Chapter 7: Telling the Kids Apart

Homer & The Deuce

One question I always get is: how do you tell them apart? Now I understand how the parents of fraternal twins feel. I swear it is easy.

The Deuce sits higher, has black fender flairs, comically knobby tires, a double roll cage hoop, and somehow just looks… angrier? Homer just looks like he is out to have some fun.

When I finally got the two CJ jokers side by side in the garage, I slowly started to understand just how different they really were. Almost nothing important really matched up. Seems I bought a late early-CJ5 and an intermediate CJ5. While quite a bit of hardware can mingle on both sides of the garage, most of my issues seem to highlight all the differences.

Here are some of the differences I noticed initially:

  • Axles. They both have Dana 44s in the rear, but the diff is centered on the 75 and offset right on the 71.
  • Steering systems, Homer’s is mounted by the firewall while the Deuce’s is up in front of the axle, however both are sloppy
  • Pedals, lower vs upper pivot
  • Master cylinder, frame rail vs firewall
  • Engine, obviously, which all the accessories including cooling
  • Heater, Homer has none

Here are the similarities :

  • wheels/tires
  • front bumper (important!)
  • seats, maybe

Beyond the mechanical differences, they acted very differently. While they both wandered down the road, due to worn out parts, the steering felt rather different.  Homer was lighter and more nimble where the Deuce felt as big as she looks. Both were non-power steering boxes, so slow steering was tough. Luckily, the stock giant steering wheels helped.

The original suspensions were both shot. Stiff, old leaf springs and dead shocks. Both rode like skateboards. Hard on the kidneys. They just bounced down the road and would randomly change directions after hitting bumps.

The Deuce had the added benefit of wobbling like a top when you got out. And while you drove. It was fun, in a drunken boat ride kind of way. Since a few of the body mount were rotten, that probably didn’t help.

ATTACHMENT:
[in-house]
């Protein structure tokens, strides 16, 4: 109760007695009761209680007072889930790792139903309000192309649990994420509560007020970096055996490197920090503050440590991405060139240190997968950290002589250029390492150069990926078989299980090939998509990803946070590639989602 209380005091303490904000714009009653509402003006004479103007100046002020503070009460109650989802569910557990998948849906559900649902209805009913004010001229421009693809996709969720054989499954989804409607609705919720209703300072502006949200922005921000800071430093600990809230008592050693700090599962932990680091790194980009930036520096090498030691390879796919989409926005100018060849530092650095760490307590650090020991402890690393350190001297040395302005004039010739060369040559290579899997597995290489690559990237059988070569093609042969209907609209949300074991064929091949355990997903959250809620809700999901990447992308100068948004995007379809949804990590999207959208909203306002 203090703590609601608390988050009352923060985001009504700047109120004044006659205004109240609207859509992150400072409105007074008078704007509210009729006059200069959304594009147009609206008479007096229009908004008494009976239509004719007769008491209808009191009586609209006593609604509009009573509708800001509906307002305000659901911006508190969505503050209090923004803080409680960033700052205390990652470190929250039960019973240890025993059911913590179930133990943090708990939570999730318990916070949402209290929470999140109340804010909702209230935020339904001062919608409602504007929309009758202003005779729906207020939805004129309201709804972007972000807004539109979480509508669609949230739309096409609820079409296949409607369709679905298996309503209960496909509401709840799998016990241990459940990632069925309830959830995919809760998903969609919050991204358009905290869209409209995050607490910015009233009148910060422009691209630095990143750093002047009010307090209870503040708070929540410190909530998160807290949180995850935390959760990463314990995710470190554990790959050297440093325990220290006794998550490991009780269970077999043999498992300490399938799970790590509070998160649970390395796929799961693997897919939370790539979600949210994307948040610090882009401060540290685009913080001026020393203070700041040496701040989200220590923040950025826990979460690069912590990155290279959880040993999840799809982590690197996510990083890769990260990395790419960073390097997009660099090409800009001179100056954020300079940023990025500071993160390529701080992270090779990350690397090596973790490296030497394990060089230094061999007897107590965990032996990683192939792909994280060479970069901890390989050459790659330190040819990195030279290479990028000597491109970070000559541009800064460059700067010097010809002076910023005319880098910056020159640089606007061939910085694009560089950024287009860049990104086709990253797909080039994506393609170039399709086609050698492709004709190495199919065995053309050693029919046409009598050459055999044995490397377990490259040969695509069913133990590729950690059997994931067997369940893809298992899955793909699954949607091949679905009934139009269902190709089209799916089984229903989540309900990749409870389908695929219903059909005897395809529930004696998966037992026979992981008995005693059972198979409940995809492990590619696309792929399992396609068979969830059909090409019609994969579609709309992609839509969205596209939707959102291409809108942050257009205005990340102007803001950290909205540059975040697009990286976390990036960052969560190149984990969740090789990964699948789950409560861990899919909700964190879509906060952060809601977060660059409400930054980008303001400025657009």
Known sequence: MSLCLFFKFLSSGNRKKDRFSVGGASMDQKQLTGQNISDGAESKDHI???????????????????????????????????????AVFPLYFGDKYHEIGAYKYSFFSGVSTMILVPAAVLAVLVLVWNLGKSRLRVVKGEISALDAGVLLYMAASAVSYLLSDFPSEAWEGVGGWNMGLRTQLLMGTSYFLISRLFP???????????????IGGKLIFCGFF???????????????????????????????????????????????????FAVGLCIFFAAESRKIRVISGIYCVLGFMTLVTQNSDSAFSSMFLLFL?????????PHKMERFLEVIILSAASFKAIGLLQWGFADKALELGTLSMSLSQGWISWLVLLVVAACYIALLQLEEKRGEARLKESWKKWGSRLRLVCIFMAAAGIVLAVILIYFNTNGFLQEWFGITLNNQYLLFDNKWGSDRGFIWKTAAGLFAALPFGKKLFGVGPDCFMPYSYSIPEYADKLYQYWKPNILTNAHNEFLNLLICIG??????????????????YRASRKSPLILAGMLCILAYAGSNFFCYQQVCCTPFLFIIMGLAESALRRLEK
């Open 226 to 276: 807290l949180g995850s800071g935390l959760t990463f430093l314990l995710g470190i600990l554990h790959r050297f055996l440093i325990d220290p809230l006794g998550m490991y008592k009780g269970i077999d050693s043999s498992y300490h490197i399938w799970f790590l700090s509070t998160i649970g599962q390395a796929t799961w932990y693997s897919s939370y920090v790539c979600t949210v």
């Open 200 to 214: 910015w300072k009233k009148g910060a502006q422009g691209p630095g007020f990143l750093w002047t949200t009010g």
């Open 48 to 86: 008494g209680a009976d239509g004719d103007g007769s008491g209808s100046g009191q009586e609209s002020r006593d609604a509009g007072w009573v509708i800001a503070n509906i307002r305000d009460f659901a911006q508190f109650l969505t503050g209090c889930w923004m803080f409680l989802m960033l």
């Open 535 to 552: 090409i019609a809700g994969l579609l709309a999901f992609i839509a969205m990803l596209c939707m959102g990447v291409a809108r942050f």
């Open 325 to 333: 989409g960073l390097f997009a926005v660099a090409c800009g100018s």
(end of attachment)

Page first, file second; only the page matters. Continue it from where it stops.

The Deuce had a ton more power with the V8 vs the V6. It would just leap out of the way. Homer was definitely slower but that was greatly improved after the carb rebuild and actually setting the timing. Still, it was nothing compared to the Deuce’s 304. Too much power and random steering changes added a rather kamakazi approach to passing people.

For brakes, they both initially sucked. Of course, they might be better when adjusted right. Luckily, both would slow down greatly just off throttle. And they both behaved much better after repairs.

Now for the seat-of-the-pants feel… literally. The seats in Homer were low backed and caused a bit of back pain where the seat ended. Some of that was due to where the seat was mounted. As far back as possible, but sitting high the adjusters. So I removed the sliders and mounted the seat lower. That helped the steering wheel to gut distance, but made my knees stick up rather high. Oh well, it was slightly better. Meanwhile, the Deuce had higher mid-back seats. Which would be more comfortable if they weren’t worn out.

When it comes down to it, they are both fun to drive. The Deuce is definitely more aggressive and takes a bit more focus. Homer likes going slower, mainly due to the gearing. They both put a smile on my face.

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